ShareThis Page

With Wilkinsburg leadership, Westinghouse boys hoops finds harmony

| Thursday, Feb. 16, 2017, 3:48 p.m.

Last summer, the Wilkinsburg School District closed its middle and high schools after 105 years of service. Westinghouse High School took on the challenge of educating and supporting Wilkinsburg's former students — a challenge that extended to the basketball court, where the boys team scuffled to the tune of a 1-15 record during the 2015-16 season.

When the Bulldogs sought a new head coach for the 2016-17 campaign, they didn't have to look far the find the ideal candidate: Eugene Wilson. A star player for Wilkinsburg in the 1990s and a 1,000-plus point scorer at Pitt-Johnstown, Wilson served as the boys coach at Wilkinsburg the past three seasons. During the school's final year, he led the team to a 16-8 record and a WPIAL playoff appearance.

Switching schools and blending two rosters provided challenges, but the Bulldogs thrived. Westinghouse finished the year with a 12-8 record during the regular season, including a 6-4 mark against City League competition. They earned a playoff spot but fell just short in a first-round matchup with Allderdice, 43-40, on Wednesday.

“The transition (from Wilkinsburg to Westinghouse) was pretty easy,” Wilson said. “A lot of the Westinghouse kids already knew me and my players from summer league and AAU games. The familiarity made everything easier.”

The Wilkinsburg standouts who joined Wilson at Westinghouse included a trio of seniors: point guard Koran Fleming, guard/forward Genaro Coleman and forward Dominique Aime. Those three were inserted into the starting lineup with Bulldogs holdovers Allen Barr, a senior guard/forward, and 6-foot-10 junior center James Ellis.

“First and foremost, I give credit to the Westinghouse players,” Wilson said. “They welcomed everyone with open arms, including myself and my assistant coach, Jay Latimer. It starts with the players; if they don't buy in, believe, and trust you, there is no program. There's no playoffs.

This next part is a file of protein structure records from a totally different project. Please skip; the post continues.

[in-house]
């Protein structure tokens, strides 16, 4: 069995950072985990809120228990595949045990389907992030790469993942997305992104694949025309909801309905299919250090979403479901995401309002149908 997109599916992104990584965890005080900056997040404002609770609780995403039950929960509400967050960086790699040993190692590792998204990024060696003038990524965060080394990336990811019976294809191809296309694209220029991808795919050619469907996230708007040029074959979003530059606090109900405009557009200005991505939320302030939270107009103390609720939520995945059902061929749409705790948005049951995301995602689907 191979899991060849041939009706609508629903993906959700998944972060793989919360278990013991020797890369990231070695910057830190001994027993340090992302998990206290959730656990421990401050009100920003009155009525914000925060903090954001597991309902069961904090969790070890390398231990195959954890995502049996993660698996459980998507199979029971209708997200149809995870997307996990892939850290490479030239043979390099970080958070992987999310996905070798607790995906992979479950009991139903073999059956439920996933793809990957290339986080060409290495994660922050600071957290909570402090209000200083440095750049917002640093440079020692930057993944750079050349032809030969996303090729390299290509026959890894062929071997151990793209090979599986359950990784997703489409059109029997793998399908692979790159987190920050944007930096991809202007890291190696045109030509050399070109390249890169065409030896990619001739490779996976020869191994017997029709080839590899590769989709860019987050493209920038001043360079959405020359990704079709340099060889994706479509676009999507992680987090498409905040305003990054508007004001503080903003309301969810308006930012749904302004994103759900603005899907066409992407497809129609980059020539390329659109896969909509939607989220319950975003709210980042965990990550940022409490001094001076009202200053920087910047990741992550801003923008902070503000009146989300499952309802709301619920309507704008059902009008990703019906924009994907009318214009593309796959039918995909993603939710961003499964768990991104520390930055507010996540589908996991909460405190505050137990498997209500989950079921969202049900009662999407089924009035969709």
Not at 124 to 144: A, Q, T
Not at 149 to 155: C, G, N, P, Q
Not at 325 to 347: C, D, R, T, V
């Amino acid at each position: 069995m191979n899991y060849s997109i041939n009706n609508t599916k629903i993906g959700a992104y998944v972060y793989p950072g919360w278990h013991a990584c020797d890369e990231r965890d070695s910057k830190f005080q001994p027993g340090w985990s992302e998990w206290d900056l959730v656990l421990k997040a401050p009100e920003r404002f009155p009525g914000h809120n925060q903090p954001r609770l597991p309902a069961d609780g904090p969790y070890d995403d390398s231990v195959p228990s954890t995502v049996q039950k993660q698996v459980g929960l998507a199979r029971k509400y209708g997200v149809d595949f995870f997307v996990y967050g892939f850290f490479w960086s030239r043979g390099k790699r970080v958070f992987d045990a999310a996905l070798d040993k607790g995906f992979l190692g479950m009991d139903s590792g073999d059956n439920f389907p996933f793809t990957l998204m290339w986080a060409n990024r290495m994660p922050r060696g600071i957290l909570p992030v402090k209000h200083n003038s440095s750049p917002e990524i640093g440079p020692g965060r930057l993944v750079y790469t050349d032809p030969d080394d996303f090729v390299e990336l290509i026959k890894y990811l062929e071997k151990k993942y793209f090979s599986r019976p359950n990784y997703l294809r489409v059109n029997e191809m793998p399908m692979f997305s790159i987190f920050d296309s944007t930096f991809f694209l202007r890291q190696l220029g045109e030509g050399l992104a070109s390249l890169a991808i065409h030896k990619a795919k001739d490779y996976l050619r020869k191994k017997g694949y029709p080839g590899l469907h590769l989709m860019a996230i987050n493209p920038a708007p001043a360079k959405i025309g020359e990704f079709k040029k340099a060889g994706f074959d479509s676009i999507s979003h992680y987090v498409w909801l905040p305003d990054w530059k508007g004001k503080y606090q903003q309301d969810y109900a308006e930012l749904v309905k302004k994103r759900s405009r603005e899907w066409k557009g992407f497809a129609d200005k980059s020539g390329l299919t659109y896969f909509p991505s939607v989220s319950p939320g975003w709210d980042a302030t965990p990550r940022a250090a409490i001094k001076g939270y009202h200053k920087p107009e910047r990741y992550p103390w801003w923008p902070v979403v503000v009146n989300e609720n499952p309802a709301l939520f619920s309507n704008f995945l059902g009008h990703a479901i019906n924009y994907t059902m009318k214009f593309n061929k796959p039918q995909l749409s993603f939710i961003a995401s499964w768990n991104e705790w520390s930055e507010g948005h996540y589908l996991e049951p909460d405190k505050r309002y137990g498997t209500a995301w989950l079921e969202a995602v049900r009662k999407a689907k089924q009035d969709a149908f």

“We wanted to instill a culture of discipline and structure to help these young men understand the opportunities they have in life,” said Wilson, who also serves as director of community and resident services for Neighborhood Partners. “It's bigger than just basketball.”

The Bulldogs' leading scorer this year was Fleming, at around 14 points per game. Wilson called him the best player he has coached, and noted how he soldiered through a partially torn meniscus during his senior year. Aime — whom Wilson jokingly referred to as grandpa for his mature, professional demeanor — and Coleman also know the ins and outs of the system. Barr has stepped up as a leader, and Ellis has flashed serious talent.

“James needs to understand that he can be a dominant force out there,” Wilson said. “We talk about the window of potential, and how it can get smaller. He has a desire to play at the next level, and we want to get him there. He's coming around and starting to understand what that will take.”

While Allderdice got the better of them in the playoffs, Westinghouse managed to slay the Dragons earlier in the season. Westinghouse's 57-40 triumph at home on Jan. 25 ended a three-year, 33-game City League winning streak for Allderdice — a streak that began with a victory over the Bulldogs.

“We want to bring excitement back to the City League, and to Westinghouse,” Wilson said. “This job isn't easy, and it isn't for everyone. But I've seen the mental strength, commitment and work ethic from these young men. And we've received tremendous support from this group of parents. We're sharing their children, and want to send them off with great experiences. We're all Bulldogs now.”

David Golebiewski is a freelance writer.

TribLIVE commenting policy

You are solely responsible for your comments and by using you agree to our Terms of Service.

We moderate comments. Our goal is to provide substantive commentary for a general readership. By screening submissions, we provide a space where readers can share intelligent and informed commentary that enhances the quality of our news and information.

While most comments will be posted if they are on-topic and not abusive, moderating decisions are subjective. We will make them as carefully and consistently as we can. Because of the volume of reader comments, we cannot review individual moderation decisions with readers.

We value thoughtful comments representing a range of views that make their point quickly and politely. We make an effort to protect discussions from repeated comments either by the same reader or different readers

We follow the same standards for taste as the daily newspaper. A few things we won't tolerate: personal attacks, obscenity, vulgarity, profanity (including expletives and letters followed by dashes), commercial promotion, impersonations, incoherence, proselytizing and SHOUTING. Don't include URLs to Web sites.

We do not edit comments. They are either approved or deleted. We reserve the right to edit a comment that is quoted or excerpted in an article. In this case, we may fix spelling and punctuation.

We welcome strong opinions and criticism of our work, but we don't want comments to become bogged down with discussions of our policies and we will moderate accordingly.

We appreciate it when readers and people quoted in articles or blog posts point out errors of fact or emphasis and will investigate all assertions. But these suggestions should be sent via e-mail. To avoid distracting other readers, we won't publish comments that suggest a correction. Instead, corrections will be made in a blog post or in an article.